What does a bar do after being named the best in the world? Scrap all its award-winning cocktails and create a brand-new menu, of course. After taking home the World's Best Bar gong at the Tales of the Cocktail Spirited Awards this summer, Lyaness - the South Bank bar from Ryan "Mr Lyan" Chetiyawardana - is rolling out a lush new list of high-concept cocktails on 16 November.
This latest menu, called the Ancestral Cookbook, builds on the cookbook theme of last year's menu launch (the British Cookbook menu was also a total banger, FYI). This time around, the drinks are all about the link between food and culture, and how what we eat shapes us through generations. Yeah, it's kinda deep - think of it as alcohol with a side of academia. Led by head bartender Louis Macpherson, the Lyaness team spent a lot of time contemplating the natural, cultural and social effects of human development on food to dream up the menu's five themes: nature versus nurture, circularity, taught history, ceremony and extreme conditions. Each one serves as the backdrop for the list's 15 cocktails, so get ready to think while you drink, baby.
Still, ya don't have to be a Birkenstock-clad liberal arts student to get down with these drinks. In true Lyaness style, the Ancestral Cookbook features five unique house-made ingredients created in weird and wonderful ways that translate to wicked flavours. (Our fave ingredient from last year's menu, blood curaçao, involved re-hydrating dried pig's blood and mixing it with spices, sugar and balsamic vinegar, nbd.) Check out the ingredients gracing this year's list...
Grains + fat = total deliciousness (thinking of you, 2am Chinatown duck on rice). To make this bangin' ingredient, the team blitz toasted grains and infuse them in alcohol, then combine the mixture with a bunch of equally off-the-wall elements (pea amazake, anyone?) for a rich, fatty flavour explosion.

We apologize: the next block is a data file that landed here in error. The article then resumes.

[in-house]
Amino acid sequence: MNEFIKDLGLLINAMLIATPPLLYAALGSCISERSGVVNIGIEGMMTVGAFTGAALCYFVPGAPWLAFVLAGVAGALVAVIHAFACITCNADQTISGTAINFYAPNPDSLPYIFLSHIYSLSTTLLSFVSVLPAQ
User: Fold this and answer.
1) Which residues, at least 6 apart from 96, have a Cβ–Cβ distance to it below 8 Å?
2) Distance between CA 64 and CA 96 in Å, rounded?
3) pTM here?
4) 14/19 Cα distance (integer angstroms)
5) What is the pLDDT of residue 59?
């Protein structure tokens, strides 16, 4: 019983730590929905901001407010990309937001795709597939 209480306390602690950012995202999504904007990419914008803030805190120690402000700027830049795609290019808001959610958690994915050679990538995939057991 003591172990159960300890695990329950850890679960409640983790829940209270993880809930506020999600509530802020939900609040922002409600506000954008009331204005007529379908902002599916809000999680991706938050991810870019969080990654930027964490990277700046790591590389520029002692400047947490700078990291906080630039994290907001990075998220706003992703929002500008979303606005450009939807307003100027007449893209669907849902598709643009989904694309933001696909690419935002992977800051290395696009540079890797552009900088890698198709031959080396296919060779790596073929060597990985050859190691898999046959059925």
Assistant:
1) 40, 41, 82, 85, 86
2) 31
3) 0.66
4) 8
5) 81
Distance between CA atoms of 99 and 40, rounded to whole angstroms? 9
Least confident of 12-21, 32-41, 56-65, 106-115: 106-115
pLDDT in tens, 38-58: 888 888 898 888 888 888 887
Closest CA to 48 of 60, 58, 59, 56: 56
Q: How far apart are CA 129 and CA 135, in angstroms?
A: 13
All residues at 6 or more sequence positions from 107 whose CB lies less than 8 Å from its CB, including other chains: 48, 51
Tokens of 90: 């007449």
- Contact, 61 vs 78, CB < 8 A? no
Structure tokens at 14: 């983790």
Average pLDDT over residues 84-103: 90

Try it in... The Shaky Fist Margarita, with Patrón Silver, red pill cordial, B + B curaçao and "green lemon".
Talk about a shocking ingredient. This blend of grains and legumes is inoculated with koji spores (the fungus used to make sake), fermented and fortified - and then electrocuted. The electric jolt oxidises the alcohol and rounds out the flavour (plus it's really f*cking cool and tastes like savoury chocolate).
Try it in... The Hart Old Fashioned, with thunder mushroom, bread bitters, Rare Tea Co tea, Stauning Smoke and Craigellachie.
If you're partial to decent dram, you know that ageing spirits in wood can lend mega-complex notes to booze. Naturally, the Lyaness team had to take the powers of wood to the next level - they manipulated African Braai wood by subjecting it to extreme heat, cold and pressure to bring out some unexpected bold flavours that recall a tea.
Try it in... The Wolf-y Bam Sour, with whisky, antler, rowanberry, bugs (yes, BUGS) and tree caramel (duh).
Love to douse your fish and chips in a healthy amount of Sarson's? You're gonna get down with this one. The team have taken a base of local apple juice and every single plant grown by Clapham-based urban farm Growing Underground to craft a vinegar that packs a complex punch.
Try it in... The Thirdspace Shandy, with everything vinegar, Fierfield Birch, hopped Porter's Orchard Gin, "Champagne" syrup and pink lemon soda.
No, it's not the name of a heavy metal band. With death bitters, Lyaness aims to capture the flavour of lemon leaves right at the point of death: the team use liquid nitrogen to freeze a lemon tree, then harness all that bright flavour in their bitters recipe.
Try it in... The Tornado Sazerac, with death bitters, struck-match grenadine, oud wood, Cognac and The Balvenie whisky.